"Možda su crne tačke bile ptice u letu..." (Maybe the black dots were birds in flight)

Note
s on AMATEUR TELESCOPE OPTICS

On an early autumn day of 1608, Hans Lipperhey, a spectacle maker from Middelburg, in the Netherlands' coastal province of Zeeland, applied before the States General of The Hague for a patent on an "instrument for seeing far". By that time, use of small rounded glass disks to aid the natural eyesight wasn't new. Those bulging out on both sides, resembling lentil - or "lens" in Latin - have been used to correct for farsightedness since the mid 13th century. The idea of a device for magnifying distant objects may have been already grasped for some time as well. But this was the beginning of something else. In the summer of 1609, Galileo, Harriot, and others, turned the new Dutch invention - the "spyglass" - toward the night sky. The telescope was born.

This tale grew old, but our fascination with telescopes has not. Following text is an attempt to give more of an insight into their inner workings. More specifically, how do they form images and what factors determine their quality. Somewhat unusual, the main aspect is that of the optical wavefront, as opposed to the geometric (ray) "interface". That deliberate choice, while perhaps somewhat less convenient, allows for more accurate qualitative assessment, and should throw more light at the underlying physical fundamentals. Main reference sources are as follows: (1) Astronomical Optics, Daniel J. Schroeder, (2) Aberration Theory Made Simple, Virendra N. Mahajan, (3) Optical Imaging and Aberrations I and II, Virendra N. Mahajan, (4) Optics, Eugene Hecht, and (5) Telescope Optics, Harrie Rutten and Martin van Venrooij. Most of raytracing plots and routine checkups are by ATMOS, Massimo Riccardi, and OSLO, Sinclair Optics. Most of diffraction patterns were generated by Aberrator, Cor Berrevoets.

For additional reading, see extensive coverage of telescope optics and related subjects at Bruce MacEvoy's Astronomical optics

TABLE OF CONTENTS:

 1. IMAGE FORMATION IN A TELESCOPE
Rays and waves  Diffraction  PSF
1.2. Reflection and refraction
1.3. Optical system of a telescope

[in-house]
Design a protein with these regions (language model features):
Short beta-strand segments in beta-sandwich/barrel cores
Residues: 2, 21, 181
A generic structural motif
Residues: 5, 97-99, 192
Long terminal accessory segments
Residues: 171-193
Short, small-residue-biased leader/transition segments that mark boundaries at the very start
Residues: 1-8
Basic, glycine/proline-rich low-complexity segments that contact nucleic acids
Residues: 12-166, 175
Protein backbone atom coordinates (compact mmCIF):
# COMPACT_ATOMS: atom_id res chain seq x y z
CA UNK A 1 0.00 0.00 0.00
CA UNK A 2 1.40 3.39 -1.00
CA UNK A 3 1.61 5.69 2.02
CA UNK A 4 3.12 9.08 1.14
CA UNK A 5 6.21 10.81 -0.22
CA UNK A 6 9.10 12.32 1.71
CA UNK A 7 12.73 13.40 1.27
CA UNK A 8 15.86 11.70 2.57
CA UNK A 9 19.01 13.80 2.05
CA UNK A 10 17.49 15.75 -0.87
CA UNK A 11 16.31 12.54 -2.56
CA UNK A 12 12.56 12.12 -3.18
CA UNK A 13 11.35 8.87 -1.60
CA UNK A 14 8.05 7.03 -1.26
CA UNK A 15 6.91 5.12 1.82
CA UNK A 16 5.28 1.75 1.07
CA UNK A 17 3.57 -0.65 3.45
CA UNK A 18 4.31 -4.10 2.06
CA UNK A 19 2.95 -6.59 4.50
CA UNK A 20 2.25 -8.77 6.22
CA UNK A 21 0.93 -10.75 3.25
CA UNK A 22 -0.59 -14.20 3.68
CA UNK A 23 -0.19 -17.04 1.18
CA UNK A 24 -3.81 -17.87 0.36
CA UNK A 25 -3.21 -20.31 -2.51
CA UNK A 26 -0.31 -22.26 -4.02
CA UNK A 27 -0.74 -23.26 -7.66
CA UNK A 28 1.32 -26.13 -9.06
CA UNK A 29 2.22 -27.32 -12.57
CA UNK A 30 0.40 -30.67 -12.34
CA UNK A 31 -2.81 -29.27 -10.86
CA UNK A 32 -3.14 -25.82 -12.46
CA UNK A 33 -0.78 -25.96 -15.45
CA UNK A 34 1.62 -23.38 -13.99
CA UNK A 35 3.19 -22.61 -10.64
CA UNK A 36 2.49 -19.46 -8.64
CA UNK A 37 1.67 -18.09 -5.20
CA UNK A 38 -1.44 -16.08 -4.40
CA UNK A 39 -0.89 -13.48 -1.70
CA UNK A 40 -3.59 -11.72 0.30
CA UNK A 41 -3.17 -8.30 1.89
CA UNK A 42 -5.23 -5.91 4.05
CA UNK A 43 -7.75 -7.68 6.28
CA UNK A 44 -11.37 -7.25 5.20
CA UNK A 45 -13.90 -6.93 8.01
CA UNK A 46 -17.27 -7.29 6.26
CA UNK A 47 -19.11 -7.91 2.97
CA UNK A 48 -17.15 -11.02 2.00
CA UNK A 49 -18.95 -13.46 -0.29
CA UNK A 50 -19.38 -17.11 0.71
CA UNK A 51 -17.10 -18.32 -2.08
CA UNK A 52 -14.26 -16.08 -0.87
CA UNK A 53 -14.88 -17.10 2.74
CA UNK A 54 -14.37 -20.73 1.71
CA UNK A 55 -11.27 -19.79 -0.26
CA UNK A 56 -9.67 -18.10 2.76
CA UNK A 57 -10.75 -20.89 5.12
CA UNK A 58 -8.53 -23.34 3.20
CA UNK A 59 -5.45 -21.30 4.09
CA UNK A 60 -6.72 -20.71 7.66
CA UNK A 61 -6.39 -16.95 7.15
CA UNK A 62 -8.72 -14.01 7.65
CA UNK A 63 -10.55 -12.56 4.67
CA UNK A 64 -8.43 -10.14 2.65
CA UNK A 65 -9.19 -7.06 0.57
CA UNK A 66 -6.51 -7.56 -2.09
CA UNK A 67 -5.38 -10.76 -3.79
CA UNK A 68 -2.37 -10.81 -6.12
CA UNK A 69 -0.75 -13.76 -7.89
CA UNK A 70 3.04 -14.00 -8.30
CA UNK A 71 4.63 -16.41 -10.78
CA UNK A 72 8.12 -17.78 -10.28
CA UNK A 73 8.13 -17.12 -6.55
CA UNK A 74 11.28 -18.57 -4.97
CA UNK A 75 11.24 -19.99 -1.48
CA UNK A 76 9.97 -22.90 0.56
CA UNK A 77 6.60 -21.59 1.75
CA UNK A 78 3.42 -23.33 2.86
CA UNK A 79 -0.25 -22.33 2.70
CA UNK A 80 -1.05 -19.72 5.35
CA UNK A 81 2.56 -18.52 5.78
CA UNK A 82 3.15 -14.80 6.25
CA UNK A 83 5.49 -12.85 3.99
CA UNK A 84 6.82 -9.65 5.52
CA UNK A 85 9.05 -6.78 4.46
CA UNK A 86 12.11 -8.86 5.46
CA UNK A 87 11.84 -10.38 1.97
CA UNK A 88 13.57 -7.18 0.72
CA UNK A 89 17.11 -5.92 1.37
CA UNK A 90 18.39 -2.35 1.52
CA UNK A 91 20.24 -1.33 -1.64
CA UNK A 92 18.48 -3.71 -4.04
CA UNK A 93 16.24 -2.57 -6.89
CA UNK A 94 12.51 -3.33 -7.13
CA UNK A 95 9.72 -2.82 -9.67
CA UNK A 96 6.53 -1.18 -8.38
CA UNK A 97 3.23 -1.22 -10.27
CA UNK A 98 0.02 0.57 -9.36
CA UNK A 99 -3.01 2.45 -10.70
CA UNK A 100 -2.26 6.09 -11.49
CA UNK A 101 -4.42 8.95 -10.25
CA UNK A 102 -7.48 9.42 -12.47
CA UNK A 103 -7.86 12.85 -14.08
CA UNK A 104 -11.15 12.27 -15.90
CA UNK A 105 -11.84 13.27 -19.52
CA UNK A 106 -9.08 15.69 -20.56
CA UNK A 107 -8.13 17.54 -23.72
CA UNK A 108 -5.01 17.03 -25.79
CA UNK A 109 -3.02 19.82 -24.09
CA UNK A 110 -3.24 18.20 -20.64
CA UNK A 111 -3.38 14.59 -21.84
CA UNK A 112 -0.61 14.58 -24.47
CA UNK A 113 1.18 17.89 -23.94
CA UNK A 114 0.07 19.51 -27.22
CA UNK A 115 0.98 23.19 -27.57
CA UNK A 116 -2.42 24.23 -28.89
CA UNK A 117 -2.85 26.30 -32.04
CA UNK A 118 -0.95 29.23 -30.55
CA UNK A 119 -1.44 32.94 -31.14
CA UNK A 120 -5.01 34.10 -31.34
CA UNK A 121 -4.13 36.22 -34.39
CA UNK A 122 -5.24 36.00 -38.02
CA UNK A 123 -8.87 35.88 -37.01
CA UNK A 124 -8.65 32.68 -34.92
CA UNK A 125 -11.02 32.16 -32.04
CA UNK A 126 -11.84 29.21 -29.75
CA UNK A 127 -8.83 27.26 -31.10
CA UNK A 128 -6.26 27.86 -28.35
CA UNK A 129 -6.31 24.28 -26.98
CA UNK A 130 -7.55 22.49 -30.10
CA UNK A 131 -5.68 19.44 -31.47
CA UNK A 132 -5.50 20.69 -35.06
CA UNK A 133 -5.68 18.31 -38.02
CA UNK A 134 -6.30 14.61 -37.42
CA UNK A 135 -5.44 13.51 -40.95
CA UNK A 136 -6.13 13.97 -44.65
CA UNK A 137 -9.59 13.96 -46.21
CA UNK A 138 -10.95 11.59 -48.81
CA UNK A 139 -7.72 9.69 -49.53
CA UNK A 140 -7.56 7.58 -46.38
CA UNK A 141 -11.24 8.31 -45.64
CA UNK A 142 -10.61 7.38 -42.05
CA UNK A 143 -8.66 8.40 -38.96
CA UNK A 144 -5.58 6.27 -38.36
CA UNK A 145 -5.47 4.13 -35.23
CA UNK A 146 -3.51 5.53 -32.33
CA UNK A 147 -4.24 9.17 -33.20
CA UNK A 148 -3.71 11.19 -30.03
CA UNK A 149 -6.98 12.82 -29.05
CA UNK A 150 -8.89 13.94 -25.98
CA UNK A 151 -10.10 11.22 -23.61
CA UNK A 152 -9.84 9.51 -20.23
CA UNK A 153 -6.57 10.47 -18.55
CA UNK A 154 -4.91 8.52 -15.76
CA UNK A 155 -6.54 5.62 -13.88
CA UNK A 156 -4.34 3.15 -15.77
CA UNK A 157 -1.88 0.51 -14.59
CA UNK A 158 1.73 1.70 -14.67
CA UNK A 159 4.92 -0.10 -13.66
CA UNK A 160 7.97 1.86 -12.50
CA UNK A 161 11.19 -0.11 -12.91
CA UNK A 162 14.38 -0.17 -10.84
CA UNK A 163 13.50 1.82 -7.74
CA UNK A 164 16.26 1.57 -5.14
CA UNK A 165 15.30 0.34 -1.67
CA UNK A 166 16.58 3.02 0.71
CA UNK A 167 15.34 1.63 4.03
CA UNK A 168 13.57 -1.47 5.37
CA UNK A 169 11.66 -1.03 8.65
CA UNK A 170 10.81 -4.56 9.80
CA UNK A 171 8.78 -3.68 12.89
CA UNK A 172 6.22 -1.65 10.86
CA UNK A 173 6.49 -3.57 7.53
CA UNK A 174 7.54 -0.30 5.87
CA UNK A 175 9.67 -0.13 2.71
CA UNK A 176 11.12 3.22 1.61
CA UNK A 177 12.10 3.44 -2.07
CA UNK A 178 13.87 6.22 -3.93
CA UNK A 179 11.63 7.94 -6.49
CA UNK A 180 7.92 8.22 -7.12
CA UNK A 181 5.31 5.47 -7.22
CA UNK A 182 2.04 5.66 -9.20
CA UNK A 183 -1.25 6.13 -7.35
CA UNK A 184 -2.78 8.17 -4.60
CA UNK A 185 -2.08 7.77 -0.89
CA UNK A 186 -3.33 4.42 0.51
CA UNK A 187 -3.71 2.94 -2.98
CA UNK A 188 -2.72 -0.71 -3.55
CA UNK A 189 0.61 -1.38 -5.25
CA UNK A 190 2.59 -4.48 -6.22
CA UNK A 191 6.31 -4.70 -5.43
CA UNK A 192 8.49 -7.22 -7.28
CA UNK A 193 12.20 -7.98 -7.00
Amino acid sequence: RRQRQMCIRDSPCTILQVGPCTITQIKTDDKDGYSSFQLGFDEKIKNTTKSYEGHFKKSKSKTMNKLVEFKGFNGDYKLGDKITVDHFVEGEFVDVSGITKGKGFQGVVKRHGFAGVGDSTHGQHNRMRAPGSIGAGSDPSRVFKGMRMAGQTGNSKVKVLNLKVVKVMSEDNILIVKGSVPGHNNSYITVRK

1.3.1 Gaussian approximation

2. TELESCOPE FUNCTIONS
2.1. Light grasp 
2.2. Resolution
2.3. Magnification

3. TELESCOPE ABERRATIONS: Types, causes
3.1. Wavefront aberrations
3.2. Ray (geometric) aberrations
3.3. Conics and aberrations 2
3.4. Terms and conventions
3.5. Aberration function Seidel Zernike 2 3

4. INTRINSIC TELESCOPE ABERRATIONS     
4.1. Spherical   Primary 2   Higher-order•  
4.2. Coma  4.3. Astigmatism•  
4.4. Defocus
 
 4.5. Distortion  4.6. Field curvature
4.7. Chromatism   axial   lateral   effect
4.8. Fabrication errors  4.8.1. Optical tests
Double pass test   Interferometry 
Foucault  Ronchi  Waineo 
Hindle  Dall/Ross  Offner

4.9. Transmission materials effects
glass
  coatings

 5. INDUCED ABERRATIONS
5.1. Air-medium errors
Seeing error   Model limitations

Seeing and aperture
The seeing Strehl, resolution, OTF
5.2. Low-level turbulence, tube currents
5.3. Alignment errors
5.4. Forced surface errors

 6. EFFECTS OF WAVEFRONT ABERRATIONS
6.1. Aberrations and optical quality: Criteria
6.2.
General effects   6.3. Object type related 2
6.4. Diffraction pattern    Star test
6.5. Strehl ratio   6.6. MTF 2 3

 7.
OBSTRUCTION EFFECTS 2• 3 4 5

 8. REFLECTING OBJECTIVES
8.1. Newtonian  off-axis  collimation  diagonal flat
8.2. All-reflecting two-mirror 2 3 4 5 6
8.3. Three-mirror
Cassegrain-Gregorian   Paul-Baker   FAA
8.4. Off-axis and tilted elements
Herschelian
•  2-mirror TCT•  2•  off-axis Newtonian

 9.
REFRACTING OBJECTIVE  Achromat  Apo 2
Designing

 

 10.
CATADIOPTRIC TELESCOPES
10.1. SUB-APERTURE LENS CATs 2 3 4•
10.2.
FULL-APERTURE LENS CATs
10.2.1. Dialytes  Hamilton  Schupmann  Busack/Honders
10.2.2. Schmidt corrector•
Schmidt camera 2  Wright, Baker
 SN  SCT 2 3  SC camera
10.2.3. Meniscus corrector
Bowers/Maksutov camera 2  MN  MCT
2 3
10.2.4. Houghton corrector
Houghton camera
2  HN  HCT 2 3 4 5

11. Special purpose telescopes Solar

 12.
TELESCOPE EYEPIECE 2 3

 13.
THE TELESCOPIC EYE
Aberrations
2 3 4 5 6 Response 2

 14.
TELESCOPES Past ATM Observatory Commercial
  
APPENDIX: Telescope specifications 2 3 4

• UPDATED March-April 2015
NOTE TO FIREFOX USERS: View>Zoom out can help display subscripts partly legibly

 


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Web-published on July 14. 2006. by Vladimir Sacek

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